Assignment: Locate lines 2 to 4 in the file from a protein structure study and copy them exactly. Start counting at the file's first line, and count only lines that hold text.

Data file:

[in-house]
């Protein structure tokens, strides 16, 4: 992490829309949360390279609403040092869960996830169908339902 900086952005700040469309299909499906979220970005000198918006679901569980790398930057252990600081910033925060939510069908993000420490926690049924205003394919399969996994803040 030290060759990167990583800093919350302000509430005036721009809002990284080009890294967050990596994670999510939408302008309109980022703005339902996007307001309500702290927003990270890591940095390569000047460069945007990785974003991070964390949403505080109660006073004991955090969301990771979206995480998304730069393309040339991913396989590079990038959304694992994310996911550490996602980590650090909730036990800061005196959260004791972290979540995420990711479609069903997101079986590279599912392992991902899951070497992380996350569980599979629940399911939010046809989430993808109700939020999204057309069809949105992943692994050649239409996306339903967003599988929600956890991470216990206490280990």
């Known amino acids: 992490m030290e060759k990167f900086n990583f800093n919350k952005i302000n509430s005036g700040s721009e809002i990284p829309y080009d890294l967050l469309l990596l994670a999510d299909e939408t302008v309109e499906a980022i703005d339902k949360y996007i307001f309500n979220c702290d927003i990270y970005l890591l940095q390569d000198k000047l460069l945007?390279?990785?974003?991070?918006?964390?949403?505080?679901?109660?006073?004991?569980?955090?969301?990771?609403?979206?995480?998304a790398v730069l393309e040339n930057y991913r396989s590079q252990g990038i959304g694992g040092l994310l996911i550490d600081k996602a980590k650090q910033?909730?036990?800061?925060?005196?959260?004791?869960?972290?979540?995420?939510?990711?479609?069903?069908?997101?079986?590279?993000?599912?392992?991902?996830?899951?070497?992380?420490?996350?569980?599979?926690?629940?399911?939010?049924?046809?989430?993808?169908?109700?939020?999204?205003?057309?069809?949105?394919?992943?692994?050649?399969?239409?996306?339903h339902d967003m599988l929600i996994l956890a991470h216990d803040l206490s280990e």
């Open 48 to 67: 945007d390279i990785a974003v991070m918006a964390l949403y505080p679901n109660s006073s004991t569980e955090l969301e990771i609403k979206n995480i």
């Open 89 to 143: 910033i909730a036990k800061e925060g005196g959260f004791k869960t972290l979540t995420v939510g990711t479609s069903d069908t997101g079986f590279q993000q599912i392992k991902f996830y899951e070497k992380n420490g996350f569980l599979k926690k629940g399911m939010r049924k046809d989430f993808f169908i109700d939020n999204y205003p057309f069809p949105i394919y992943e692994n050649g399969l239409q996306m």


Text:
């Protein structure tokens, strides 16, 4: 992490829309949360390279609403040092869960996830169908339902 900086952005700040469309299909499906979220970005000198918006679901569980790398930057252990600081910033925060939510069908993000420490926690049924205003394919399969996994803040 030290060759990167990583800093919350302000509430005036721009809002990284080009890294967050990596994670999510939408302008309109980022703005339902996007307001309500702290927003990270890591940095390569000047460069945007990785974003991070964390949403505080109660006073004991955090969301990771979206995480998304730069393309040339991913396989590079990038959304694992994310996911550490996602980590650090909730036990800061005196959260004791972290979540995420990711479609069903997101079986590279599912392992991902899951070497992380996350569980599979629940399911939010046809989430993808109700939020999204057309069809949105992943692994050649239409996306339903967003599988929600956890991470216990206490280990």
């Known amino acids: 992490m030290e060759k990167f900086n990583f800093n919350k952005i302000n509430s005036g700040s721009e809002i990284p829309y080009d890294l967050l469309l990596l994670a999510d299909e939408t302008v309109e499906a980022i703005d339902k949360y996007i307001f309500n979220c702290d927003i990270y970005l890591l940095q390569d000198k000047l460069l945007?390279?990785?974003?991070?918006?964390?949403?505080?679901?109660?006073?004991?569980?955090?969301?990771?609403?979206?995480?998304a790398v730069l393309e040339n930057y991913r396989s590079q252990g990038i959304g694992g040092l994310l996911i550490d600081k996602a980590k650090q910033?909730?036990?800061?925060?005196?959260?004791?869960?972290?979540?995420?939510?990711?479609?069903?069908?997101?079986?590279?993000?599912?392992?991902?996830?899951?070497?992380?420490?996350?569980?599979?926690?629940?399911?939010?049924?046809?989430?993808?169908?109700?939020?999204?205003?057309?069809?949105?394919?992943?692994?050649?399969?239409?996306?339903h339902d967003m599988l929600i996994l956890a991470h216990d803040l206490s280990e």
């Open 48 to 67: 945007d390279i990785a974003v991070m918006a964390l949403y505080p679901n109660s006073s004991t569980e955090l969301e990771i609403k979206n995480i």